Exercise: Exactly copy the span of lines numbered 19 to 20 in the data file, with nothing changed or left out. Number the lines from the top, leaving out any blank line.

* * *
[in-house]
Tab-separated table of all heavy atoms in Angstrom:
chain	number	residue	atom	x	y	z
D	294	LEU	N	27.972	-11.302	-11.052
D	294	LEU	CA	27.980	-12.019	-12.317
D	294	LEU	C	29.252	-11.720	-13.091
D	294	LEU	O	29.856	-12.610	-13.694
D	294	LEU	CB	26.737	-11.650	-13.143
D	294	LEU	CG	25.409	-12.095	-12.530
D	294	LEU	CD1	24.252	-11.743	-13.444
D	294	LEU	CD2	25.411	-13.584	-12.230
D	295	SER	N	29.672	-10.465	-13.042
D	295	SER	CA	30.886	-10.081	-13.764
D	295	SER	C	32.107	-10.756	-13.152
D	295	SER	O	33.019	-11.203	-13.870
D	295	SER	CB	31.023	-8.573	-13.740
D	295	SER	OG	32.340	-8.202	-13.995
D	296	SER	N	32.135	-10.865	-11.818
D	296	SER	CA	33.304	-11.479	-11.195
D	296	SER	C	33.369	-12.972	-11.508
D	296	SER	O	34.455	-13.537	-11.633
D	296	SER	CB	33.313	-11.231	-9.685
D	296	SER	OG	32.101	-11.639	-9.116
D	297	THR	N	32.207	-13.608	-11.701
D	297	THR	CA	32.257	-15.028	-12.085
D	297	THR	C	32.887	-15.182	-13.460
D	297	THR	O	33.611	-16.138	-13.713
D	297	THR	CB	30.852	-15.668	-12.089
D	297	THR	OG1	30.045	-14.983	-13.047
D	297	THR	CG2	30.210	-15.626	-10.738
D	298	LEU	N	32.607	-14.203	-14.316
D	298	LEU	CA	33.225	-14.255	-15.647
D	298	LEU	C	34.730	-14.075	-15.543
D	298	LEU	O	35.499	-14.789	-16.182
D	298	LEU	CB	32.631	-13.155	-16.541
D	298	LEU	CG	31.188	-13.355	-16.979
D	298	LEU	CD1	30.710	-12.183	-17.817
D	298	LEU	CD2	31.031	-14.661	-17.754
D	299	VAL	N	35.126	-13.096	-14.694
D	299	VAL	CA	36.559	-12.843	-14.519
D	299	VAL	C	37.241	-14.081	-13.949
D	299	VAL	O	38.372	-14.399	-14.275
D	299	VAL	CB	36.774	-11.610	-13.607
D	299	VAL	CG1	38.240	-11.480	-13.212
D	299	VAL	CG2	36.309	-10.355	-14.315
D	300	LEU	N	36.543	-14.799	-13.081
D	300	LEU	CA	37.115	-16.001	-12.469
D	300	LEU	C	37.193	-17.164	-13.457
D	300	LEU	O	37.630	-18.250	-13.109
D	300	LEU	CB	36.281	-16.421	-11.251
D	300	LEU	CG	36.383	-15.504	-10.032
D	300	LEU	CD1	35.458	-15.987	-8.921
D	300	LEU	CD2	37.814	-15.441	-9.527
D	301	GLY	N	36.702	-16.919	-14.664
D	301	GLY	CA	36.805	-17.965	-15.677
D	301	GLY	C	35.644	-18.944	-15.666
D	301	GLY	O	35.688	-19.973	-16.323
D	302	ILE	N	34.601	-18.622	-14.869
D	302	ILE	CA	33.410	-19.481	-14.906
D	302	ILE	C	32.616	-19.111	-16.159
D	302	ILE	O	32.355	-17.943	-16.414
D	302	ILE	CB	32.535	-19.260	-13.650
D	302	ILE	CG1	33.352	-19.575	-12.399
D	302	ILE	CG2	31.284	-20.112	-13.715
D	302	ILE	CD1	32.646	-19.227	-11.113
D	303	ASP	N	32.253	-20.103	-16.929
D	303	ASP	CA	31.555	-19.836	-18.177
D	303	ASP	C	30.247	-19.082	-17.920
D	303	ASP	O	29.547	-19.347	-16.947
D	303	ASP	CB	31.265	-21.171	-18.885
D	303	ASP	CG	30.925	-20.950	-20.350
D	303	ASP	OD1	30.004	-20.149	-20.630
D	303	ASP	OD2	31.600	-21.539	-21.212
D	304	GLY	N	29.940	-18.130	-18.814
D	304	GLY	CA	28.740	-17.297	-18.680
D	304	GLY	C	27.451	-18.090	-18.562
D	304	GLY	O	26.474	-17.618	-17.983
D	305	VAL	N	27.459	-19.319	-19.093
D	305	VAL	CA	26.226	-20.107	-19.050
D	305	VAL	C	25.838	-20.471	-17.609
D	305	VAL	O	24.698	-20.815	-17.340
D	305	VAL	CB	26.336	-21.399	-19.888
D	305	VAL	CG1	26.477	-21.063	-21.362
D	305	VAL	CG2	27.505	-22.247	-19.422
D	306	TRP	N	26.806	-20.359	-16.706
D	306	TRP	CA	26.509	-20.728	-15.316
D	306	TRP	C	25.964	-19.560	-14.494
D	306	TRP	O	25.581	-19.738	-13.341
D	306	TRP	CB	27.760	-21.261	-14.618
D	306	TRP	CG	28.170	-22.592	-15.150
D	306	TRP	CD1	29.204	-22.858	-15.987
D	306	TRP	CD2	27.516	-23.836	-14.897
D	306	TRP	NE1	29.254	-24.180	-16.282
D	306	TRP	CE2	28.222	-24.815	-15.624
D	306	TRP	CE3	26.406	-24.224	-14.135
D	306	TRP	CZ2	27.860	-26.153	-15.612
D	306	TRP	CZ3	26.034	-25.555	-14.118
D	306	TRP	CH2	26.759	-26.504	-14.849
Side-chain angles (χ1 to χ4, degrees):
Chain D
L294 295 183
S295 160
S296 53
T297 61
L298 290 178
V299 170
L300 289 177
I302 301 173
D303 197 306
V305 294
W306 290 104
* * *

D	296	SER	CA	33.304	-11.479	-11.195
D	296	SER	C	33.369	-12.972	-11.508